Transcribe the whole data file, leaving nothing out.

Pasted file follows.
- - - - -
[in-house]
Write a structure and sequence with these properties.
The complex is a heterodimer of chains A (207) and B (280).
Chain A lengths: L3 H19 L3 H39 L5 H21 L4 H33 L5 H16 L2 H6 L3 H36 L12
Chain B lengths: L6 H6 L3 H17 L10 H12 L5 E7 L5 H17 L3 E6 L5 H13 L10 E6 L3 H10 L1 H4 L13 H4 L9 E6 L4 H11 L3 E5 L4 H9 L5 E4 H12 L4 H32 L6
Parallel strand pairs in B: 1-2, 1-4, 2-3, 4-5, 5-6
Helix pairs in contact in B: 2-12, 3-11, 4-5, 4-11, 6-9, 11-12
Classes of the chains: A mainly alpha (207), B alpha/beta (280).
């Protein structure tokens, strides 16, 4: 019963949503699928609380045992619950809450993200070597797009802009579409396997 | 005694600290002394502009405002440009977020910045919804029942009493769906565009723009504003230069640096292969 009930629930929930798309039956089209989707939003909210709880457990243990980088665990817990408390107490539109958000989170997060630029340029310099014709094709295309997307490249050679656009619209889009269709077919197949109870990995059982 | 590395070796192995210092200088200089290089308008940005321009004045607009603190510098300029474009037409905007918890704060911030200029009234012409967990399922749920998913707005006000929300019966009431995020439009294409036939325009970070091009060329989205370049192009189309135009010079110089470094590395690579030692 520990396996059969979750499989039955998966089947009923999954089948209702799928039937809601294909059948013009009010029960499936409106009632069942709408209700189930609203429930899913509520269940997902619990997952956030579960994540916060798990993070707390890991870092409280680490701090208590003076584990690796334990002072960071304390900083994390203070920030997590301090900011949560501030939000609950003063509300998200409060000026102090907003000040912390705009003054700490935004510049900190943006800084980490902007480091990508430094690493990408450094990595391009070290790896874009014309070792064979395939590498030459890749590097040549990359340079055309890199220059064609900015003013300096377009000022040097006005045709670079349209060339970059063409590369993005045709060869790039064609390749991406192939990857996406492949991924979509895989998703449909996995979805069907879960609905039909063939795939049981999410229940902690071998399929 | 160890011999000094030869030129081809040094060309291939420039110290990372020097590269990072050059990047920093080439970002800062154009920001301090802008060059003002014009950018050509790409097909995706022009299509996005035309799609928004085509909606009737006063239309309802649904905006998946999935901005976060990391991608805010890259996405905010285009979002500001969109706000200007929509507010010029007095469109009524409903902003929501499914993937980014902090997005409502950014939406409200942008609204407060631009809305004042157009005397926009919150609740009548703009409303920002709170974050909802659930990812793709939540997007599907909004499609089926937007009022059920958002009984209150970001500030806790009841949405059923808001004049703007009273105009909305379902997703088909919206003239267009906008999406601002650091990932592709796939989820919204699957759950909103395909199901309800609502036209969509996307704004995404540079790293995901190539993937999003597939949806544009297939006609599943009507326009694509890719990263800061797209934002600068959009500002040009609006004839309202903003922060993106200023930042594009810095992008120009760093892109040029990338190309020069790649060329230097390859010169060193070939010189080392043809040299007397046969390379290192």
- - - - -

[in-house]
Write a structure and sequence with these properties.
The complex is a heterodimer of chains A (207) and B (280).
Chain A lengths: L3 H19 L3 H39 L5 H21 L4 H33 L5 H16 L2 H6 L3 H36 L12
Chain B lengths: L6 H6 L3 H17 L10 H12 L5 E7 L5 H17 L3 E6 L5 H13 L10 E6 L3 H10 L1 H4 L13 H4 L9 E6 L4 H11 L3 E5 L4 H9 L5 E4 H12 L4 H32 L6
Parallel strand pairs in B: 1-2, 1-4, 2-3, 4-5, 5-6
Helix pairs in contact in B: 2-12, 3-11, 4-5, 4-11, 6-9, 11-12
Classes of the chains: A mainly alpha (207), B alpha/beta (280).
């Protein structure tokens, strides 16, 4: 019963949503699928609380045992619950809450993200070597797009802009579409396997 | 005694600290002394502009405002440009977020910045919804029942009493769906565009723009504003230069640096292969 009930629930929930798309039956089209989707939003909210709880457990243990980088665990817990408390107490539109958000989170997060630029340029310099014709094709295309997307490249050679656009619209889009269709077919197949109870990995059982 | 590395070796192995210092200088200089290089308008940005321009004045607009603190510098300029474009037409905007918890704060911030200029009234012409967990399922749920998913707005006000929300019966009431995020439009294409036939325009970070091009060329989205370049192009189309135009010079110089470094590395690579030692 520990396996059969979750499989039955998966089947009923999954089948209702799928039937809601294909059948013009009010029960499936409106009632069942709408209700189930609203429930899913509520269940997902619990997952956030579960994540916060798990993070707390890991870092409280680490701090208590003076584990690796334990002072960071304390900083994390203070920030997590301090900011949560501030939000609950003063509300998200409060000026102090907003000040912390705009003054700490935004510049900190943006800084980490902007480091990508430094690493990408450094990595391009070290790896874009014309070792064979395939590498030459890749590097040549990359340079055309890199220059064609900015003013300096377009000022040097006005045709670079349209060339970059063409590369993005045709060869790039064609390749991406192939990857996406492949991924979509895989998703449909996995979805069907879960609905039909063939795939049981999410229940902690071998399929 | 160890011999000094030869030129081809040094060309291939420039110290990372020097590269990072050059990047920093080439970002800062154009920001301090802008060059003002014009950018050509790409097909995706022009299509996005035309799609928004085509909606009737006063239309309802649904905006998946999935901005976060990391991608805010890259996405905010285009979002500001969109706000200007929509507010010029007095469109009524409903902003929501499914993937980014902090997005409502950014939406409200942008609204407060631009809305004042157009005397926009919150609740009548703009409303920002709170974050909802659930990812793709939540997007599907909004499609089926937007009022059920958002009984209150970001500030806790009841949405059923808001004049703007009273105009909305379902997703088909919206003239267009906008999406601002650091990932592709796939989820919204699957759950909103395909199901309800609502036209969509996307704004995404540079790293995901190539993937999003597939949806544009297939006609599943009507326009694509890719990263800061797209934002600068959009500002040009609006004839309202903003922060993106200023930042594009810095992008120009760093892109040029990338190309020069790649060329230097390859010169060193070939010189080392043809040299007397046969390379290192």